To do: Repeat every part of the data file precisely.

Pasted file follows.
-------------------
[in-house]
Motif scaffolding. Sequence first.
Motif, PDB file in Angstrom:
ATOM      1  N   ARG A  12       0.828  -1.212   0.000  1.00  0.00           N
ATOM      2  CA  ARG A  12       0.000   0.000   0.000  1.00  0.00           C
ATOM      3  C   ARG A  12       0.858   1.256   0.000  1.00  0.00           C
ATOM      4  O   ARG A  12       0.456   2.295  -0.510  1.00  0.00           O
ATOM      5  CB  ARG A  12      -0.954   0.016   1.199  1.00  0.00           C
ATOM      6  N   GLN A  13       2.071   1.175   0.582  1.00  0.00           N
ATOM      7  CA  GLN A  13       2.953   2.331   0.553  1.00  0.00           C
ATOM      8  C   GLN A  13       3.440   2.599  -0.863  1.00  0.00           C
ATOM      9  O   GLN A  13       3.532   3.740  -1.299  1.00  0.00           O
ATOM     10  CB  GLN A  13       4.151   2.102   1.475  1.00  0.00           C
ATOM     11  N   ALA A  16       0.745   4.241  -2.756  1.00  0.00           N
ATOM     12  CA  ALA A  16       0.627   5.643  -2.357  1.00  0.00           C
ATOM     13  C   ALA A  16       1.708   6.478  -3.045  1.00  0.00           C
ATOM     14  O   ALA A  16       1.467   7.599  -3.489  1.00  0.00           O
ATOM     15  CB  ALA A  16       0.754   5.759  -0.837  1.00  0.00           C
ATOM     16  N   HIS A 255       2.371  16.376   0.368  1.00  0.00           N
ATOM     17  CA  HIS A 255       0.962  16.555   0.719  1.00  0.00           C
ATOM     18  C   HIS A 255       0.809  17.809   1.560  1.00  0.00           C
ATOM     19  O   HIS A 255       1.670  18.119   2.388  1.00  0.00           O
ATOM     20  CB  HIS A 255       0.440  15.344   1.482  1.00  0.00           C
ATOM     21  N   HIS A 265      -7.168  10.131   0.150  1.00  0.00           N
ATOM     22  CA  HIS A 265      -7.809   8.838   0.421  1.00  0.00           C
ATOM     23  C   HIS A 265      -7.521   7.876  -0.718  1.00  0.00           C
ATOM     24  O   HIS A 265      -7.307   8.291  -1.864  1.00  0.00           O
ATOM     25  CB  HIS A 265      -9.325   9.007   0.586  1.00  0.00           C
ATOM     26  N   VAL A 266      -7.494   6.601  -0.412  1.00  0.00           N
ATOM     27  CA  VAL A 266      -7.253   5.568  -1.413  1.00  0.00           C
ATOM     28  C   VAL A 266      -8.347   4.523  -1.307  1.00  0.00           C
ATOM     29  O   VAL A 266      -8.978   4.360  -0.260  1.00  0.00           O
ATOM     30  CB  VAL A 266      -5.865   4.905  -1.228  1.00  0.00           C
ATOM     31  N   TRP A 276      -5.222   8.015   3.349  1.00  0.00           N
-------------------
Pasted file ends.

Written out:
[in-house]
Motif scaffolding. Sequence first.
Motif, PDB file in Angstrom:
ATOM      1  N   ARG A  12       0.828  -1.212   0.000  1.00  0.00           N
ATOM      2  CA  ARG A  12       0.000   0.000   0.000  1.00  0.00           C
ATOM      3  C   ARG A  12       0.858   1.256   0.000  1.00  0.00           C
ATOM      4  O   ARG A  12       0.456   2.295  -0.510  1.00  0.00           O
ATOM      5  CB  ARG A  12      -0.954   0.016   1.199  1.00  0.00           C
ATOM      6  N   GLN A  13       2.071   1.175   0.582  1.00  0.00           N
ATOM      7  CA  GLN A  13       2.953   2.331   0.553  1.00  0.00           C
ATOM      8  C   GLN A  13       3.440   2.599  -0.863  1.00  0.00           C
ATOM      9  O   GLN A  13       3.532   3.740  -1.299  1.00  0.00           O
ATOM     10  CB  GLN A  13       4.151   2.102   1.475  1.00  0.00           C
ATOM     11  N   ALA A  16       0.745   4.241  -2.756  1.00  0.00           N
ATOM     12  CA  ALA A  16       0.627   5.643  -2.357  1.00  0.00           C
ATOM     13  C   ALA A  16       1.708   6.478  -3.045  1.00  0.00           C
ATOM     14  O   ALA A  16       1.467   7.599  -3.489  1.00  0.00           O
ATOM     15  CB  ALA A  16       0.754   5.759  -0.837  1.00  0.00           C
ATOM     16  N   HIS A 255       2.371  16.376   0.368  1.00  0.00           N
ATOM     17  CA  HIS A 255       0.962  16.555   0.719  1.00  0.00           C
ATOM     18  C   HIS A 255       0.809  17.809   1.560  1.00  0.00           C
ATOM     19  O   HIS A 255       1.670  18.119   2.388  1.00  0.00           O
ATOM     20  CB  HIS A 255       0.440  15.344   1.482  1.00  0.00           C
ATOM     21  N   HIS A 265      -7.168  10.131   0.150  1.00  0.00           N
ATOM     22  CA  HIS A 265      -7.809   8.838   0.421  1.00  0.00           C
ATOM     23  C   HIS A 265      -7.521   7.876  -0.718  1.00  0.00           C
ATOM     24  O   HIS A 265      -7.307   8.291  -1.864  1.00  0.00           O
ATOM     25  CB  HIS A 265      -9.325   9.007   0.586  1.00  0.00           C
ATOM     26  N   VAL A 266      -7.494   6.601  -0.412  1.00  0.00           N
ATOM     27  CA  VAL A 266      -7.253   5.568  -1.413  1.00  0.00           C
ATOM     28  C   VAL A 266      -8.347   4.523  -1.307  1.00  0.00           C
ATOM     29  O   VAL A 266      -8.978   4.360  -0.260  1.00  0.00           O
ATOM     30  CB  VAL A 266      -5.865   4.905  -1.228  1.00  0.00           C
ATOM     31  N   TRP A 276      -5.222   8.015   3.349  1.00  0.00           N